Fan to KLB Commissioner: Throw out pitchers who intentionally hit batters. And their managers as well.
The exciting things about the Korean Baseball League (KBL) have been noted elsewhere but include:
Amazing cheers for every player, with each one having his own song to boot. The entire crowd (and if you are like me, a Kia Tigers fan, half the crowd at away games can be cheering for Kia as well!) gets into the fun and cheers throughout the game including while pitches are being thrown. The fuddy duddies in the Major League Baseball (MLB) office that jumped all over San Diego when their fans cheered during the playoffs a few years back need guidance. We’re talking baseball here not golf or tennis. Put in dancing girls, individualized cheers for players and fans pounding noise-making inflatable cylindrical bat replicas, and MLB could be as much fun the KBL.
Cheerleaders, and dancing ones at that, grace the games in case you are slack in your cheering, this can motivate anyone, if you’re lucky enough to score a seat within eyesight. The average age of attendance is probably 20 years younger at KBL than MLB games. Kids abound at KBL games, and aren’t sports meant to be lessons for children on top of entertainment?
But it’s the games themselves that provide the most fun. “Interesting” base running, fielding, pitching and hitting make the KBL the perfect mix of MLB and minor league AAA ball back in the USA. Diving catches, and booted simplicities pile up to make watching your team FIELD better than going to get a beer. The classic hungry ball-fan will quench appetite and thirst while the other team is batting. At KLB games people haul picnics so ample that leaving one’s chair only happens “when nature calls.” These picnics are shared with fans nearby, and the communal fun continues during those never-ending cheers, beer drinking contests, kissing contests (televised, closed circuit I’m sure) and assorted fun like kids running all over the stadium make this league NOT a league for retirees.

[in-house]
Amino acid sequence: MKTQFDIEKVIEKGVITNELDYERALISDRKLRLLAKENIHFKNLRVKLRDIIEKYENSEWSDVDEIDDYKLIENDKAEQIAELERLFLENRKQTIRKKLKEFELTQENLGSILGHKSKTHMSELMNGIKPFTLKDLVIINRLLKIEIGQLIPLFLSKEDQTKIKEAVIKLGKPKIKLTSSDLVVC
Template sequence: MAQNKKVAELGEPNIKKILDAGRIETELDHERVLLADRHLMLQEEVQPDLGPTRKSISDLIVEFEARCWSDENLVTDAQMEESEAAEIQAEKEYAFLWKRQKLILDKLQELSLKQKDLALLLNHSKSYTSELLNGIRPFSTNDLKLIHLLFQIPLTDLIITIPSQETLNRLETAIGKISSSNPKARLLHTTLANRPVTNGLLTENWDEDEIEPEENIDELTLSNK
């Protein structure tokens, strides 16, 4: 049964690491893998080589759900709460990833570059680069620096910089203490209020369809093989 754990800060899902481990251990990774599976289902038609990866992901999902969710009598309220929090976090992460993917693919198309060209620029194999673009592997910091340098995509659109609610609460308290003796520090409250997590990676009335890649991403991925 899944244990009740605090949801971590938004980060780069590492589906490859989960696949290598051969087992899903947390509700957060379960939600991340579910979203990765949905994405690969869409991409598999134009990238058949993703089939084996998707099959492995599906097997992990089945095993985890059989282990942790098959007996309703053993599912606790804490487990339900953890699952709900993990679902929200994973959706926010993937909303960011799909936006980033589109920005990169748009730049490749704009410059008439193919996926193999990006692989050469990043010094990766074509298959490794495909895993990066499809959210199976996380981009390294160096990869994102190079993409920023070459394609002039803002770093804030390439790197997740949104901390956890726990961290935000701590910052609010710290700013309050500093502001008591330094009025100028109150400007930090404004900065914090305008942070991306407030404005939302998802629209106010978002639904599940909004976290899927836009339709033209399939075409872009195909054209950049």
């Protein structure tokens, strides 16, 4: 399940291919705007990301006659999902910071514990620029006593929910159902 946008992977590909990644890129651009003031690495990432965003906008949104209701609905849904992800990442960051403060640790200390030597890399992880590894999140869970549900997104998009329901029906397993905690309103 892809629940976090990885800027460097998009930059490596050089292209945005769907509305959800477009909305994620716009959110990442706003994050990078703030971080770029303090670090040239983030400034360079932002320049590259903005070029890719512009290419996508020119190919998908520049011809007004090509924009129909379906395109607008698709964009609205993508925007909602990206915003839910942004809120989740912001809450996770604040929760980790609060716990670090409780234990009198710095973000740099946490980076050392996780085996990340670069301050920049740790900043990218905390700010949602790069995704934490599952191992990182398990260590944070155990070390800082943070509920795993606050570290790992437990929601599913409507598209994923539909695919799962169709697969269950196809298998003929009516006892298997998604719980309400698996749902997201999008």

Batting consistently outguns pitching in this league, so scores like Kias early-season 13-12 loss to LG are possible. Four runs is often not enough to win a game.
So the games are exciting, and as Kia fans know, if it comes down to relievers, a four run lead in the ninth can result in a loss (hopefully never again this year!). But let’s not dwell on the home team. There is one screaming blemish in the KBL that must stop.
It’s “Hit by a Pitch.” In last night’s 7-2 win over NC, our two most consistent hitters, Kim Seung Bin and Nah Ji Wan both got hit by pitches that no one could have ever ducked away from. One happened early with one of the best control pitchers in the league laying out Seung Bin. The next, late in the game, with ONLY revenge as a factor hit Nah Ji Wan also in a way that could not be avoided. Ji Wan, the all-time “hit-by-a-pitch” leader for Kia, if not the entire league, is a high batting average, lately home run hitter, who had to sit out a week earlier in the year when he was hit in the spine. A super acquisition on a four-year deal, Gim Ju Chan had his wrist broken in a similar attack, benching him for nearly 6 weeks. That started Kia, not coincidentally, on a skid, from which we are starting to recover.
Here’s the solution…one often employed in the MLB. Kick pitchers out of the game when a player is hit. In games where multiple players are hit, kick all pitchers involved AND THE MANAGER out of the game, and make the fine 10-games pay for both manager and player.
Until this discretion to eject and fine players is invented and enforced it BEHOOVES teams to hit players. I’m gonna guess on this, but isn’t the ratio of Kia players getting hit to our opponents playing against us getting hit about 5 to 1? 10 to 1? One lesson fans should not learn is that to hit and possibly injure another team’s stars works to the advantage of the offending bean-ballers.